People's ability to articulate their wants is often far from perfect. Consequently, they may be able to give only a noisy signal of what they are looking for: when they try to describe their wants, they may be able to articulate only a general product category (e.g. movie genre); and their verbal descriptions may be vague, either due to inherent ambiguity (does "football" mean soccer or American football?) or because giving precise descriptions is hard ("the blonde singer who sounds like Rihanna"); when using a classified directory, consumers may struggle to fit what they look for into its rigid classification scheme. Put differently, consumers are unsure in which pool of providers they should conduct their search.
This form of friction can have important implications in markets for search platforms. A search platform is a site that attract firms from one side of a market into a "search pool" - a collection of firms with which consumers on the other side transact via some search process. A search intermediary (SI henceforth) is a market institution that provides such "search platforms". Real-life examples include human-resource or real-estate agencies, classified directories and, more modernly, online search engines and recommender systems. If the SI can obtain a perfect signal about the consumer's preferences, it can sort the two-sided market into homogeneous segments. In such a differentiated two-sided market, each signal functions as a distinct search platform, potentially with its own access price. However, when consumers' signals are imperfect, the two-sided market may fail to achieve an efficient outcome. In particular, since firms compete for access to search pools firms that offer popular products may crowd out firms that cater to minority tastes, i.e. the "long tail" of the preference distribution.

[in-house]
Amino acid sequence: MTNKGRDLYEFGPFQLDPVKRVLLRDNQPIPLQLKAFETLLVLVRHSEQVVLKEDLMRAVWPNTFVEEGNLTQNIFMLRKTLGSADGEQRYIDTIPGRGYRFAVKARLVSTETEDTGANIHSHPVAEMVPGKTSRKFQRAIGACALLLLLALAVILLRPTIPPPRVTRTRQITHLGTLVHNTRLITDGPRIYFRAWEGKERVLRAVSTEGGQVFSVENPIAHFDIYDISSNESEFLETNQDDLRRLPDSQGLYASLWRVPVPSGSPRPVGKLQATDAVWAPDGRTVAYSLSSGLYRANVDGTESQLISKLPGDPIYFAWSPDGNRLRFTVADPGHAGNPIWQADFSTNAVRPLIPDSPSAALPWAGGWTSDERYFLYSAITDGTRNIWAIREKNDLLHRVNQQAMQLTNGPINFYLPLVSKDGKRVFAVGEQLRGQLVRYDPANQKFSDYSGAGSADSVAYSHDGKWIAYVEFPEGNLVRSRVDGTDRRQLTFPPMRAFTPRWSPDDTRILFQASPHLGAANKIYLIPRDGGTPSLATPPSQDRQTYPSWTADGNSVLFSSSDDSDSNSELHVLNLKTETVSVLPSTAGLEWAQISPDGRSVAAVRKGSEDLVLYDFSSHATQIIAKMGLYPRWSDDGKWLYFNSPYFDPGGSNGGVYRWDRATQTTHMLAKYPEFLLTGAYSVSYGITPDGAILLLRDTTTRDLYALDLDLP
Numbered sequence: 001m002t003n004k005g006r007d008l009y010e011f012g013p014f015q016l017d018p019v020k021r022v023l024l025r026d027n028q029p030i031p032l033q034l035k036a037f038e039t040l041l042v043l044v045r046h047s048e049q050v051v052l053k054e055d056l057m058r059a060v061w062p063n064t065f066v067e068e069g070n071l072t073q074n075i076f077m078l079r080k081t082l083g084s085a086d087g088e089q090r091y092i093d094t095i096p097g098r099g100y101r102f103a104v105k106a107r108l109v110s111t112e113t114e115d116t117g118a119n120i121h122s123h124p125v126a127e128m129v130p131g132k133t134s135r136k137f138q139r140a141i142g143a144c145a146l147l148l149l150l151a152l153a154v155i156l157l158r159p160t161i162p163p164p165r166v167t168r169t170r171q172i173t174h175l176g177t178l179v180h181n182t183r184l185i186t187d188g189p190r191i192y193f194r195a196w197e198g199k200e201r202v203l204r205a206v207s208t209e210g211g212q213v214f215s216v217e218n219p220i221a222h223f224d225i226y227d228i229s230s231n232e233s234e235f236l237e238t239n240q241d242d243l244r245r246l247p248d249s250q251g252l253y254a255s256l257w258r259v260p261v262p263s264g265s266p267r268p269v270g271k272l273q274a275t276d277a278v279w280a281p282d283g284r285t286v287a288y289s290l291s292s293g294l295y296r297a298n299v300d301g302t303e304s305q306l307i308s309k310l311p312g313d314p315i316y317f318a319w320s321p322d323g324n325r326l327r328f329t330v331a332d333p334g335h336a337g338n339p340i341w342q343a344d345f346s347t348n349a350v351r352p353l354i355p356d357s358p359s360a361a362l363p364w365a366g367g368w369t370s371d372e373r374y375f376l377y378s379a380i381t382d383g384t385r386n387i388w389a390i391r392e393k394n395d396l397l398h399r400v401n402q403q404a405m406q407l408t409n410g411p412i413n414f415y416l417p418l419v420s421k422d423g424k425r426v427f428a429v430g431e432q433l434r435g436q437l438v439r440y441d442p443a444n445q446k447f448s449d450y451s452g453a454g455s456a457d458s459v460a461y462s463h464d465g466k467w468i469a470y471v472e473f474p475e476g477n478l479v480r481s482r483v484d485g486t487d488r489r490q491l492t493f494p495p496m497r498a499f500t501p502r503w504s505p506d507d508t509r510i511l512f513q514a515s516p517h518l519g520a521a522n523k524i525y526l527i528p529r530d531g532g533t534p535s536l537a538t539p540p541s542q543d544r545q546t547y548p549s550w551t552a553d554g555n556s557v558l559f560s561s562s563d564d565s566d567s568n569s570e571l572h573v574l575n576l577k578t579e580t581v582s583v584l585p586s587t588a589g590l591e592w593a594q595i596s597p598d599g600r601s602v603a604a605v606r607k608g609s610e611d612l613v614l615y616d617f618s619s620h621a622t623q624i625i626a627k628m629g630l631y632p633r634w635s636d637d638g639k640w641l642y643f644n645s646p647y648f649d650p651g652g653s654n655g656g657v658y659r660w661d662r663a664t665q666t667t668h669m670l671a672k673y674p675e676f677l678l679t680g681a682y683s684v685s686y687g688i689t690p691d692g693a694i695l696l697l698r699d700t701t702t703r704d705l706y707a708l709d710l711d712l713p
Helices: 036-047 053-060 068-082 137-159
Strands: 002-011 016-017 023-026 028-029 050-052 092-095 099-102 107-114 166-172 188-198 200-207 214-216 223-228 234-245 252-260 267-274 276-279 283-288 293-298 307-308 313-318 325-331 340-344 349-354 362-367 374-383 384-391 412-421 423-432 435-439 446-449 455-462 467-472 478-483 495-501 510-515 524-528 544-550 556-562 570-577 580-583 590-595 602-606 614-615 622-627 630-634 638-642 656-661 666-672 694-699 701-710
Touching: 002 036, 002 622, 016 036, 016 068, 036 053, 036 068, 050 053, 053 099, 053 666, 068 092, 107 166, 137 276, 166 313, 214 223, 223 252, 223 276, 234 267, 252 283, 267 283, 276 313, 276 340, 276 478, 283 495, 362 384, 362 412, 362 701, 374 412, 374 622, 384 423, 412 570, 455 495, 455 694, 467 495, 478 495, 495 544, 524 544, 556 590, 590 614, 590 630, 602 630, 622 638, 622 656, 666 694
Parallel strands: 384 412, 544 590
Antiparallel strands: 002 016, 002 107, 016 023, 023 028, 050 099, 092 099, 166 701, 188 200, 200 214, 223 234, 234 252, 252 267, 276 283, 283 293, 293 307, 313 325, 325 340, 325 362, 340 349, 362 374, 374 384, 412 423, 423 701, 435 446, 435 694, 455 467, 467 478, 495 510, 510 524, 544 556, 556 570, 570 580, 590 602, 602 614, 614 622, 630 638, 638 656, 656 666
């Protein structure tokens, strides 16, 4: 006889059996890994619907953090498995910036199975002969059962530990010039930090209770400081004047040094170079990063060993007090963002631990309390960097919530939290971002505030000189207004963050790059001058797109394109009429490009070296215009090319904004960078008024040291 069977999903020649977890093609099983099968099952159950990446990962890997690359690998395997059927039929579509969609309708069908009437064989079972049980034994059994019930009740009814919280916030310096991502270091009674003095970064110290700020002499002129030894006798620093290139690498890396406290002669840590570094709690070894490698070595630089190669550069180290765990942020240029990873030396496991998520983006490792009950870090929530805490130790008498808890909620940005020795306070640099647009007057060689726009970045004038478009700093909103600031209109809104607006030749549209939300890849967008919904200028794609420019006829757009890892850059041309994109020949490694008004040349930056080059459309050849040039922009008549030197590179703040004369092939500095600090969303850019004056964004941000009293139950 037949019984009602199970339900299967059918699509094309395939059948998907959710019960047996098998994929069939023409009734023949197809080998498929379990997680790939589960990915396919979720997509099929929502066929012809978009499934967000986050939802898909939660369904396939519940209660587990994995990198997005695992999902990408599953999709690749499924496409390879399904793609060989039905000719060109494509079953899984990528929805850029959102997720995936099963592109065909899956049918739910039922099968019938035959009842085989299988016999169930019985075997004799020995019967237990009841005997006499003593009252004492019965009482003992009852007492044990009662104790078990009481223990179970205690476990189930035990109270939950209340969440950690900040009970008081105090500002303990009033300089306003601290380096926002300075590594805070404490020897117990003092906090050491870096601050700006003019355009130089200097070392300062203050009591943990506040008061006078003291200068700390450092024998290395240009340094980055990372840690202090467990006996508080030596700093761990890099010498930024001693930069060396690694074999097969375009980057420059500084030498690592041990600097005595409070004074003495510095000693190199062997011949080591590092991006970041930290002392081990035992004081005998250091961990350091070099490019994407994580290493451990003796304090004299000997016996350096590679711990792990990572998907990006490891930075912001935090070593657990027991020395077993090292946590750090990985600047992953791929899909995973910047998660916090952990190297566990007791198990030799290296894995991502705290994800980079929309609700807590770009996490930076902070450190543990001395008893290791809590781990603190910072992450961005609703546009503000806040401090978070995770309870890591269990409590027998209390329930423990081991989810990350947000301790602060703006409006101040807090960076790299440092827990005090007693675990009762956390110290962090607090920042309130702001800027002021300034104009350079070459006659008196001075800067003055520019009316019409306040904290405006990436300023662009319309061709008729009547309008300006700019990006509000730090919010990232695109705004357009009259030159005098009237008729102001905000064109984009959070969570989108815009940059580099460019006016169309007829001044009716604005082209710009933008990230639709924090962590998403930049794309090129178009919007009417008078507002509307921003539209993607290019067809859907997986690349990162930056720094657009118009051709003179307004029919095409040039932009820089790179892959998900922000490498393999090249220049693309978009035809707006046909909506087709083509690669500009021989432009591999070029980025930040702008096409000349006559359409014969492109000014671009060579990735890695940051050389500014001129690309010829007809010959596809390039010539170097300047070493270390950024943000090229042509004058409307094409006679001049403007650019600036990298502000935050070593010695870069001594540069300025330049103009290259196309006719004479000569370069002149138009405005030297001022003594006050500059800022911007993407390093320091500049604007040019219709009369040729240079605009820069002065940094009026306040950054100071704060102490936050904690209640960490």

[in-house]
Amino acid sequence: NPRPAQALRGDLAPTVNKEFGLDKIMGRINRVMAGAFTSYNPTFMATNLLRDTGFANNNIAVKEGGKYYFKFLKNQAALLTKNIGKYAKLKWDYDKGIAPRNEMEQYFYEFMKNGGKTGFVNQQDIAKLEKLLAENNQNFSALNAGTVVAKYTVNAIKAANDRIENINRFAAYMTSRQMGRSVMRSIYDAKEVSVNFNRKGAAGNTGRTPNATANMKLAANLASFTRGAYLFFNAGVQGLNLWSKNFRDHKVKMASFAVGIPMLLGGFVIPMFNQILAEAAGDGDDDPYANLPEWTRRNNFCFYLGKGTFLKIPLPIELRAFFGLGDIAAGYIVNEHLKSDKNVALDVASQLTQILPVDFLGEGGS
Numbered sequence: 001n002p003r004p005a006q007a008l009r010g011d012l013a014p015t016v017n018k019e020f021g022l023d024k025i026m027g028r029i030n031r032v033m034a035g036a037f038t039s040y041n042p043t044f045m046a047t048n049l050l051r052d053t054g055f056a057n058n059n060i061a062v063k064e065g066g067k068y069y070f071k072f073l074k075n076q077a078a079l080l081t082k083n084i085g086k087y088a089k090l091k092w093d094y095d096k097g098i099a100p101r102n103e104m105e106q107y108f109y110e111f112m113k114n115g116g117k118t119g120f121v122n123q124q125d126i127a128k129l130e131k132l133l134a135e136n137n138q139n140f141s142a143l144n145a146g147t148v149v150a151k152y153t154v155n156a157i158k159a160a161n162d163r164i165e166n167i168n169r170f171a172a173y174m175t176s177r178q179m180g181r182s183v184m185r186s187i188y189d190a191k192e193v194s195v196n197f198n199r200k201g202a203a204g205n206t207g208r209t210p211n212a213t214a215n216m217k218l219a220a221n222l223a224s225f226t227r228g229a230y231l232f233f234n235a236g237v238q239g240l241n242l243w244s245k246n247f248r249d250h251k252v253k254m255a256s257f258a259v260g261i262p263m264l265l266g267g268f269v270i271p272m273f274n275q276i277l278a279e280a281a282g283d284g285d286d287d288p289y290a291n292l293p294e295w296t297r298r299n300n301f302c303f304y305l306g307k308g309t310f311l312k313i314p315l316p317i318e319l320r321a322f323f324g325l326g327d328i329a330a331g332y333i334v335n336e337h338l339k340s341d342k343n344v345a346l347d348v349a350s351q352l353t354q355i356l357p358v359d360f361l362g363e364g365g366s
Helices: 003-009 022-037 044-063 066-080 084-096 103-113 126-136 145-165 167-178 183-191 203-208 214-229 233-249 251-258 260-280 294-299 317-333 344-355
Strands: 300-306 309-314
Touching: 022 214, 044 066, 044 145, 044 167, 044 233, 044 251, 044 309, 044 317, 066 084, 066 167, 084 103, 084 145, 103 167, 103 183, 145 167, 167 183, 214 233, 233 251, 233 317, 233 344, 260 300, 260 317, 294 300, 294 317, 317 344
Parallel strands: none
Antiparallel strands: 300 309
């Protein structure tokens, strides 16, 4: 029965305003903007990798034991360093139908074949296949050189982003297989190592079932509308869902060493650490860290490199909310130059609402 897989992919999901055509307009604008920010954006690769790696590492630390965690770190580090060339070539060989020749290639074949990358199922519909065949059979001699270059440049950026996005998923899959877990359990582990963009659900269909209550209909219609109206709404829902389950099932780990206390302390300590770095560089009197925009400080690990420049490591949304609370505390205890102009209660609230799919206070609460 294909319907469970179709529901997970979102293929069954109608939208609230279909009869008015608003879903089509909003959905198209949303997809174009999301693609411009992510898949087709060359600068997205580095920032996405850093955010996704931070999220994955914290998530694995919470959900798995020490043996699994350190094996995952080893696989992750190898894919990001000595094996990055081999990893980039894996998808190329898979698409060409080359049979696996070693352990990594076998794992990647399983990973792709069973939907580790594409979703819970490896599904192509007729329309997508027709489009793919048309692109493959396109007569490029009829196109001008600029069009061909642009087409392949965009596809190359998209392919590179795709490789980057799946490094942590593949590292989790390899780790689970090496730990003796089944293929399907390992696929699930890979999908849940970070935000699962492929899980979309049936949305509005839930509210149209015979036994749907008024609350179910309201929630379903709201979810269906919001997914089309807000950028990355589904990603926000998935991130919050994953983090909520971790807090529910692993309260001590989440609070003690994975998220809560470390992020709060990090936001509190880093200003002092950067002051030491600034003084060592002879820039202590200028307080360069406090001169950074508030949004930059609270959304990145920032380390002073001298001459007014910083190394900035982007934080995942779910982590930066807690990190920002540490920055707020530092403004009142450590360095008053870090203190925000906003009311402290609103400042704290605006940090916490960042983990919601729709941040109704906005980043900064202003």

One common approach to attenuate this potential failure is to apply a “broad match”: take firms that attach themselves to a search platform associated with one signal, and introduce them into the search pool of consumers who are characterized by another signal. My research (joint with Ran Spiegler) addressed the following questions: Can a competitive, differentiated two-sided market implement an efficient outcome, under suitably designed broad matching? And when it cannot, will another mechanism perform better? Can we extend our framework to environments, which have yet to establish decentralized markets for search platforms?
In a paper (published in the American Economic Review), Ran and I developed a simple model of a "search designer" (an abstract description of a search engine), where consumers submit queries that are imperfectly indicative of the type of product they are looking for. We then construct an explicit auction-like mechanism that is efficient and maximizes the search designer’s profits. In this mechanism advertisers bid for keywords, and the designer augments this mechanism with a notion of “broad matching”. In a follow-up paper, we extend the main modeling ideas to the design of preference-based targeted advertising on social networks.